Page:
• Chainfire was running the MMB29M.J510LKLU1APG2 firmware build number on the Samsung Galaxy J5 smartphone when he developed the rooting file found in this guide. It does not suggest that you need that same build number running on your Samsung Galaxy J5 smartphone when you follow this guide to root your device. It is just there to be used as an indicator.
  • Chainfire set up the CF-Auto-Root tool thread over at the XDA-Developers web forum so people can leave messages and let him know any requests for future devices that you need to root that don’t have CF-Auto-Root tool versions available yet. The thread is also perfect for leaving messages to let him know that a file needs updating. When new versions of Android bring new bootloaders, they sometimes stop the rooting files from working. When that happens, Chainfire needs to update the files. Before he can update the files, he relies on people like you to leaves messages containing the recovery image files from the firmware that is running on your device. He then uses that recovery image to update the rooting file so that it starts working again.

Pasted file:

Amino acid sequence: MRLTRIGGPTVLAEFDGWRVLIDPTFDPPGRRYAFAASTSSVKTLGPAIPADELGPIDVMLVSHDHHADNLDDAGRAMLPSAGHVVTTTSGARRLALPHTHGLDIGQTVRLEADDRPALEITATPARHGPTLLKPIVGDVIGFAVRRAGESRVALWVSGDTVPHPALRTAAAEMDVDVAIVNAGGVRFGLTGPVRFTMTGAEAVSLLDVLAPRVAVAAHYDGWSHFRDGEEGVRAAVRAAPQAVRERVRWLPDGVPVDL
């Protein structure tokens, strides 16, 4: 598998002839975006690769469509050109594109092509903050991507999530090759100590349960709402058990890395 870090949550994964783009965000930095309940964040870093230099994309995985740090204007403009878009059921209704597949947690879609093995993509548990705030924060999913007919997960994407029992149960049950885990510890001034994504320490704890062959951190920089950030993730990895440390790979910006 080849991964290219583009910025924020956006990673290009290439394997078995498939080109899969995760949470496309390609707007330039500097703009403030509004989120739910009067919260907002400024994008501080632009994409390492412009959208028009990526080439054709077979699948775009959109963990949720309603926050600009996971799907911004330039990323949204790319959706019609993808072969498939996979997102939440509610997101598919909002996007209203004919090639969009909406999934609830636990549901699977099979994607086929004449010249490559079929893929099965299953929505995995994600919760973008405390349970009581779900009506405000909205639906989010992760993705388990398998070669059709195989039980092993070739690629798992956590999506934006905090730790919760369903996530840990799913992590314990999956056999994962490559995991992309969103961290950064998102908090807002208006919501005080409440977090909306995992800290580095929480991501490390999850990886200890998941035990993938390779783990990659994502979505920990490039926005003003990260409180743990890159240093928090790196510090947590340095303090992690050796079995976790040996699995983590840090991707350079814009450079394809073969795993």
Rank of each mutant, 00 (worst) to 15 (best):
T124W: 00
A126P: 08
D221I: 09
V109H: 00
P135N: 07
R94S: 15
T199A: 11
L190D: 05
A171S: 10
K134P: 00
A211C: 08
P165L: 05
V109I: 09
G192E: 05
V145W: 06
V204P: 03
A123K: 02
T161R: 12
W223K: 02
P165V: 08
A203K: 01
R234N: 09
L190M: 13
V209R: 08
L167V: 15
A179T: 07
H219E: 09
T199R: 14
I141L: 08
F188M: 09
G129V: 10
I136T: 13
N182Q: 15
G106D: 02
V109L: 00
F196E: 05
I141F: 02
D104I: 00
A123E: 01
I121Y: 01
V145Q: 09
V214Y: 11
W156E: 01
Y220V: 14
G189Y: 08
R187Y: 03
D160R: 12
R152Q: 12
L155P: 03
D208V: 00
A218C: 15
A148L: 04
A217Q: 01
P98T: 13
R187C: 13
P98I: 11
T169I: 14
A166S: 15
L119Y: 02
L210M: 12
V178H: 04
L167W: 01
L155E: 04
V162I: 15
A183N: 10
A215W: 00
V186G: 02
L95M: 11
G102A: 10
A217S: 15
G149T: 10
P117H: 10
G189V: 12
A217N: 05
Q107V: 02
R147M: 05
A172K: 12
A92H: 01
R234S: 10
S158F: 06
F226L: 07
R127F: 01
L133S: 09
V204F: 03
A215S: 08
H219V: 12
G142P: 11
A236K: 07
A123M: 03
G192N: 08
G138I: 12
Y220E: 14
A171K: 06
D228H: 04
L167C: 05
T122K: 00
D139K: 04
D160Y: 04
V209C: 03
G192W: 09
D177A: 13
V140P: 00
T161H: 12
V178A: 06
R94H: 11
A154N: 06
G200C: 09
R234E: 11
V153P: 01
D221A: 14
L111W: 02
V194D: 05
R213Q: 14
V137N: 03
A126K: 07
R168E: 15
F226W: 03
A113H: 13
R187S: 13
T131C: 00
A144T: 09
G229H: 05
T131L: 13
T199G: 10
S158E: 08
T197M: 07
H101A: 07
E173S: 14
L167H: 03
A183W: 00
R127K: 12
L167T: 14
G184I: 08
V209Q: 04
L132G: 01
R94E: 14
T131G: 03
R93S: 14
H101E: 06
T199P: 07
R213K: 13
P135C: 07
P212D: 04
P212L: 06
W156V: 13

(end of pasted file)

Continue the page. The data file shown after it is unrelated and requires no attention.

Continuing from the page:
• You need to have a computer that runs on a version of the Windows operating system to follow this guide. The Windows operating system is the only operating system that runs the Odin flashing application.
  • You need the Samsung Galaxy J5 smartphone that comes with the SM-J510L model number to use this guide. The CF-Auto-Root tool is only made to work for one model number for each version and flashing the wrong version often results in the bricking of that device. If you find yourself in that situation, you need to flash the stock ROM back on your smartphone. You can often find the right stock ROMs available from the Sam Mobile website.

Download Samsung Galaxy J5 SM-J510L CF-Auto-Root and Drivers

How to Root Samsung Galaxy J5 SM-J510L on Android 6.0.1 Marshmallow Using CF-Auto-Root

  1. Unlock the Developer Options menu on the Samsung Galaxy J5 smartphone so you can use the settings available to you inside that help with when you want to do developing.
  2. Enable the USB Debugging Mode on the Samsung Galaxy J5 SM-J510L smartphone so you can make the changes to the Android operating system that you need for the rooting to work.
  3. Extract the rooting file to the Downloads folder, and then you can see the Odin flashing tool executable file and the flashable version of the rooting file available that you need to upload to Odin.